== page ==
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Aussie Olympic preparations on track -

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ELEANOR HALL: The AOC held it's own press conference this morning to give a snapshot of
preparations by the Australian team, 100 days out from the Games.

And despite concerns over heat, humidity and air quality in Beijing, the AOC president John Coates
summarised the situation by saying "we're in pretty good shape."

The World Anti-Doping Agency followed with a press briefing to outline it's procedures to stamp out
drug cheating at the August Games.

Our reporter Lisa Millar was there and she joins us now.

So Lisa, what is the message from the anti-doping authority?

LISA MILLAR: Well if there's any bad news, Eleanor, we're not going to hear about it.

It's good news all round. Both from the AOC and from the Anti-Doping Agency, and of course it's new
president John Fahey, who brings with him his involvement of course, in the Sydney Olympics.

He can talk about his experiences there. He spent several days in Beijing just a fortnight ago.

He says Beijing is in an advanced state of readiness, that the facilities, the anti-doping centre
that's been built specifically for the Olympics is a world class facility, that the laboratories
are world class. And that there'll be more than a thousand people doing the testing.

Now the World Anti-Doping Agency (WADA), doesn't actually do the testing. It oversees it and makes
sure that it's been done correctly. He's super confident that it's all going to be done well in
China.

He says he senses from Beijing that there's an enormous commitment to making this as clean a Games
as possible.

No one can ever say it will be completely clean but there will be 4,500 tests done during the
Games.

ELEANOR HALL: I think that's the claim of every Olympic Games in the last couple of decades, isn't
it?

But isn't the big worry still the human growth hormone, that one that helped Marion Jones at the
Sydney Olympics?

LISA MILLAR: Well of course this is the drug that is considered the drug of choice for elite
athletes, if you want to put it this way. Because they can take it in the lead up to an event, they
can get the benefits from it, they can stop taking it and still have the benefits but come up clean
in the testing.

Now, John Fahey says that there will be new kits in place in time for Beijing. There'll be blood
tests, there'll be several hundred done.

And the message that he wants to get out is that if athletes think that they can still get away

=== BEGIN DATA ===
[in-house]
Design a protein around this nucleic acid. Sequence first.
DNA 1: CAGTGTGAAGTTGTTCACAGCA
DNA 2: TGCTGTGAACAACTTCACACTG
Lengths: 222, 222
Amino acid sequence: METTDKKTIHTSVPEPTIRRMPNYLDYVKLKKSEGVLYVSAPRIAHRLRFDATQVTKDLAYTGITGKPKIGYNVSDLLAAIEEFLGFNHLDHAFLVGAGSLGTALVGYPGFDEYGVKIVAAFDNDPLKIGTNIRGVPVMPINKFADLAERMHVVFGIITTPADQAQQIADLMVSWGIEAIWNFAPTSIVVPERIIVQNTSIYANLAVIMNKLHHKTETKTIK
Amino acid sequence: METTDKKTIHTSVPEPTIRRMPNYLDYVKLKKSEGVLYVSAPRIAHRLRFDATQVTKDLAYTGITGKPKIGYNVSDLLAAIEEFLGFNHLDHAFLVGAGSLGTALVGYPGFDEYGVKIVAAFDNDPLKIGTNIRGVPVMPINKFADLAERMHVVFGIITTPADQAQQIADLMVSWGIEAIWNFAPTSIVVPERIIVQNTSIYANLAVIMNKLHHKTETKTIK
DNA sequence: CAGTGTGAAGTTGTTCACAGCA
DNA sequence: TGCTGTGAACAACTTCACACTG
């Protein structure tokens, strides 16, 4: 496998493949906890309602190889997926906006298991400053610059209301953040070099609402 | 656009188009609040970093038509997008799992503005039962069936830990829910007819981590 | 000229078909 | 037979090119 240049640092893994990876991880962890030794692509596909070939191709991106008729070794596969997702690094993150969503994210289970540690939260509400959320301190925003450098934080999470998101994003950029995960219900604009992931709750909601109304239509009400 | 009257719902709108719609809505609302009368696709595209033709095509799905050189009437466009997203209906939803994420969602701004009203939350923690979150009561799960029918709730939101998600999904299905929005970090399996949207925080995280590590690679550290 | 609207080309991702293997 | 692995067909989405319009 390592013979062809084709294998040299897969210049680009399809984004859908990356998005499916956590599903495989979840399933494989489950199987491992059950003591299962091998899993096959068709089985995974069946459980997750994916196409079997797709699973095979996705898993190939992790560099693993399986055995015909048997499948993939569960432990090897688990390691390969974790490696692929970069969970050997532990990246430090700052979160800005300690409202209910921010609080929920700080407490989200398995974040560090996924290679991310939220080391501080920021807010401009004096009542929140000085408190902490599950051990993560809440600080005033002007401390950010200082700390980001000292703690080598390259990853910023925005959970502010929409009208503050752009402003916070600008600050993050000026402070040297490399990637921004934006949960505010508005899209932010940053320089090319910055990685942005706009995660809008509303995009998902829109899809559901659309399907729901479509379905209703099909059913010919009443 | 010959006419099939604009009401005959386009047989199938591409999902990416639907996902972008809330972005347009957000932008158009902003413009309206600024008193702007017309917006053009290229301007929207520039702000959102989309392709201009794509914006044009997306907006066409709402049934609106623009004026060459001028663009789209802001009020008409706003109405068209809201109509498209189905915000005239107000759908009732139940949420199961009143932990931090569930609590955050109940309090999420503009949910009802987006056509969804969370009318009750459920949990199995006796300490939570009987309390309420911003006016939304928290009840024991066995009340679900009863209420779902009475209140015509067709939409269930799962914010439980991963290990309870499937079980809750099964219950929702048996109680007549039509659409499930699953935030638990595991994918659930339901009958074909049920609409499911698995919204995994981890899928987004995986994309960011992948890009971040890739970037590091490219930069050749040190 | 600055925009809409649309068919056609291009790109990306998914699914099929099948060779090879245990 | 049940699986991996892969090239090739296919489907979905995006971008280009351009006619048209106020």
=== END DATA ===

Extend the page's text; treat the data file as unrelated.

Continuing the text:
with it, they're going to be making a big mistake. That it's not going to happen this time around.

As he put it this morning, the men in white coats working for the good guys are very quickly
catching up with the men in white coats working for the bad guys.

ELEANOR HALL: And what's the AOC saying about the shape of the Australian team?

LISA MILLAR: Good news again, Eleanor. Surprise, surprise.

Everyone's putting a positive spin on it all, even the pollution they're saying they're not overly
concerned about at the moment.

That all they can do is hope for the most ideal conditions.

The team is pretty much taking shape. There'll be 440 athletes overall, which is actually slightly
smaller than Athens. That's because even though we won a silver medal in the men's baseball in
Athens we didn't qualify.

The Australian team didn't qualify this time around, so there's no baseball team competing.

The concern over whether athletes can take in their own food, he addressed that situation - that's
okay. They'll be able to do that.

In fact they didn't want to get too far ahead of themselves, but they were already suggesting plans
were in place for the welcome home parade (laughs). Which might indicate just how confident they
are, perhaps.

And in fact John Coates, the AOC president, they're always asked how many medals they'll win. They
always won't say. But he did say this morning that it is realistic to set a target for Australia to
finish in the top five of the medal tally.

JOHN COATES: That's only benchmarking, it's not predictive. But it's been pretty close to the mark
in the past. We had for example, in 1999, in world championships an equivalent 60 medals, and that
equated to 58 come Sydney. And in 2003 we had 50 and we got 49.

No one that I know of, who I know of, I think could anticipate how many medals will be required to
come fourth, fifth or sixth. If anything there's been more medals going to USA, Russia and China in
recent years.

But anyway, we think that we're going to have a very strong team. And we think we're going to get
off to a great start again, courtesy of the swimmers, based on what we saw at the recent selection
trials.

ELEANOR HALL: And that's the AOC president John Coates. And Lisa Millar reporting on that AOC press
conference, 100 days from the start of the Olympics in August.

And Lisa Millar will be one of the ABC's reporters at the Games, so we'll be hearing a lot more
from her during August.